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Greater bioavailability of chelated compared with inorganic zinc in broiler chicks in the presence or absence of elevated calcium and phosphorus

Authors Richards J, Fisher P, Evans J, Wedekind K

Received 3 March 2015

Accepted for publication 8 April 2015

Published 25 June 2015 Volume 2015:7 Pages 97—110


Checked for plagiarism Yes

Review by Single anonymous peer review

Peer reviewer comments 3

Editor who approved publication: Dr Peter Koulen

James D Richards, Paula M Fisher, Joseph L Evans, Karen J Wedekind

Research and Development Department, Novus International Inc., Saint Charles, MO, USA

Abstract: Animal diets often contain antagonists that reduce Zn bioavailability, thereby creating a deficiency. The bioavailability of Zn chelated to 2-hydroxy-4-(methylthio)butanoic acid (chelated Zn) was compared with Zn sulfate in broiler chicks in two dietary conditions: a Zn-deficient corn-soybean meal (C-SBM) diet and a Zn-deficient C-SBM diet containing elevated Ca and P as antagonists. In experiment 1, chicks were fed a common diet (19 mg Zn/kg diet) through day 8, and then a Zn-unsupplemented (21 mg Zn/kg diet; 0.82% Ca, 0.47% available P) C-SBM basal or the basal supplemented with 5, 10, 15, 20, or 30 mg Zn/kg diet as chelated Zn or Zn sulfate for 6 days. Common-intercept, multiple linear regression slope-ratio analysis indicated significantly greater Zn bioavailability for chelated Zn relative to Zn sulfate as judged by: total tibia Zn (µg) (161%; P=0.001); tibia zinc concentration (µg/g; 165%, P=0.0009); and small intestinal metallothionein mRNA expression (248%; P=0.009). In experiment 2, chicks were fed a Zn-deficient (24 mg Zn/kg diet) common diet, then fed a C-SBM basal elevated in Ca and P (27 mg Zn/kg diet; 1.2% Ca, 1% available P), or the basal supplemented with 15 or 30 mg Zn/kg diet as Zn sulfate or 7.5, 15, or 30 mg Zn/kg diet as chelated Zn. Zn sulfate was antagonized to a greater extent than Zn chelate. Bioavailability of chelated Zn relative to Zn sulfate was 441% (P=0.0063; µg total tibia Zn), 307% (P=0.0066; µg/g tibia Zn), and 426% (P=0.0041; metallothionein). Thus, feeding chelated Zn offers advantages over inorganic Zn, especially in diets containing high levels of Ca and P, which is a common occurrence in pet food and in livestock diets.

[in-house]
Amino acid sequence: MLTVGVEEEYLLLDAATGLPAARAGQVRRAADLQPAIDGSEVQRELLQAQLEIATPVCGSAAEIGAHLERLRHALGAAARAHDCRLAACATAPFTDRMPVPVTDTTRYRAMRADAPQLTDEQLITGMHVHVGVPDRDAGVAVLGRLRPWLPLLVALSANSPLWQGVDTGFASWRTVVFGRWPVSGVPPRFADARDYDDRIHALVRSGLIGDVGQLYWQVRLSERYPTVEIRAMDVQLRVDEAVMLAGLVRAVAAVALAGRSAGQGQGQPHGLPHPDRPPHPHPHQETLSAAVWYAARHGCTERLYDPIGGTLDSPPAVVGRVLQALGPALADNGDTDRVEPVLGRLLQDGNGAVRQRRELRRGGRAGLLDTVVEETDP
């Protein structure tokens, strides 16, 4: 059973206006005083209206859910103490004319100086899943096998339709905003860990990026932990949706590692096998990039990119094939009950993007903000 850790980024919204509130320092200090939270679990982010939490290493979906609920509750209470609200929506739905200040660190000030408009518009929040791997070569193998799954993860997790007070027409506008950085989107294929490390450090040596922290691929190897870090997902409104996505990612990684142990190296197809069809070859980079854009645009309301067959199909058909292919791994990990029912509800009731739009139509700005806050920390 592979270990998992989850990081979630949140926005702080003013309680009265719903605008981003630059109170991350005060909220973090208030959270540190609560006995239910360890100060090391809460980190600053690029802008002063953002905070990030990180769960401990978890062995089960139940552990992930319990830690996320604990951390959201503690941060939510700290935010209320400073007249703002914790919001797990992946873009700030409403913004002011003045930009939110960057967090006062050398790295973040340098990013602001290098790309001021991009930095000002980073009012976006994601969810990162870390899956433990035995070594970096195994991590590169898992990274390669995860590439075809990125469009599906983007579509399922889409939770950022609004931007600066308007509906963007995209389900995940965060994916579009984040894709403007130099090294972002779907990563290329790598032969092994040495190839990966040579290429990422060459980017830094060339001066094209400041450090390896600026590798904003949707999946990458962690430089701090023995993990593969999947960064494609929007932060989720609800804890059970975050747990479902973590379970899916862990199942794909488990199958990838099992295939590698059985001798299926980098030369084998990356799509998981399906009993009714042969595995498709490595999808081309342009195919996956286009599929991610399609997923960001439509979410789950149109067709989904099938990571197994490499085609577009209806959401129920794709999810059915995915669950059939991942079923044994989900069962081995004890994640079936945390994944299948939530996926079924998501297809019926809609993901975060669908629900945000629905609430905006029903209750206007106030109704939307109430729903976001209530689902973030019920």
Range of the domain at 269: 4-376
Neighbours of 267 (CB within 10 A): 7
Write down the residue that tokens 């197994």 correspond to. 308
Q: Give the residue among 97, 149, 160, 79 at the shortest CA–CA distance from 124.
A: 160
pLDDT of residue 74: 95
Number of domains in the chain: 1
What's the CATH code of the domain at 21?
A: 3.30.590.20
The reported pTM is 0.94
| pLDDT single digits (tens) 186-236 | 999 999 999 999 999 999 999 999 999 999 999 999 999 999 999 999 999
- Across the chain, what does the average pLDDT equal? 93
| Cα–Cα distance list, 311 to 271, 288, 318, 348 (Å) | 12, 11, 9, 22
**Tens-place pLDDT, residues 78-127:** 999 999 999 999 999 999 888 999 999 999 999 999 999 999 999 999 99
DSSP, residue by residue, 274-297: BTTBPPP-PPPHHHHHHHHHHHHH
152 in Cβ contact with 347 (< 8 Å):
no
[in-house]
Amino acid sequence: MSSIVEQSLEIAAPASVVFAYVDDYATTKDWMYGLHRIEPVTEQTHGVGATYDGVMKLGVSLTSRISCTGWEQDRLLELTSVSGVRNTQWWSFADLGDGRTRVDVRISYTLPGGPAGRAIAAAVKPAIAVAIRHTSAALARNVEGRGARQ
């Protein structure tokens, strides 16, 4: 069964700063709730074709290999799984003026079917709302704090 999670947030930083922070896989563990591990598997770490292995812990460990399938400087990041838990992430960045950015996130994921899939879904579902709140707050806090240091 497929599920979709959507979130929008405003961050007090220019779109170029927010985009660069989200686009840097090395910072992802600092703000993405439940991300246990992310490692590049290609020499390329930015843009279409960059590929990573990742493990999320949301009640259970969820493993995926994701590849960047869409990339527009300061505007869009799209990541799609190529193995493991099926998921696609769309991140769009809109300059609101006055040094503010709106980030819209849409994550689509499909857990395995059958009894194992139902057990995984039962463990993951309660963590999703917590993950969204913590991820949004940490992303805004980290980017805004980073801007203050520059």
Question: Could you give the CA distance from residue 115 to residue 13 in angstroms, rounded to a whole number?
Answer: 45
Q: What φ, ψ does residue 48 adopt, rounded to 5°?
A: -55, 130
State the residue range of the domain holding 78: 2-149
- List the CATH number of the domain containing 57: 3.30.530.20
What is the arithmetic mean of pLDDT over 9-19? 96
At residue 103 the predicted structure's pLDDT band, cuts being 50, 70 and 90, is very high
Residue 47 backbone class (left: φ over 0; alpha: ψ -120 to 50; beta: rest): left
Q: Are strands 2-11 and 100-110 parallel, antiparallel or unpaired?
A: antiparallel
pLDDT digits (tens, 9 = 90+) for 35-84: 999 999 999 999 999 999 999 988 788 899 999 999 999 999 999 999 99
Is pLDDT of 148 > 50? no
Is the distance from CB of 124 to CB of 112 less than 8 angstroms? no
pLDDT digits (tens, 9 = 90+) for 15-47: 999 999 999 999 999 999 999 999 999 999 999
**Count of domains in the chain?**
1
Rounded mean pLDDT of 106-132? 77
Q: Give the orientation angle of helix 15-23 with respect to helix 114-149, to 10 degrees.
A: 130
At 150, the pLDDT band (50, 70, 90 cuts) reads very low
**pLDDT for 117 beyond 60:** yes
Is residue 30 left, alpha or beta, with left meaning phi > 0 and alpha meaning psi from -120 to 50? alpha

Keywords: antagonism, broilers, chelate, metallothionein, minerals

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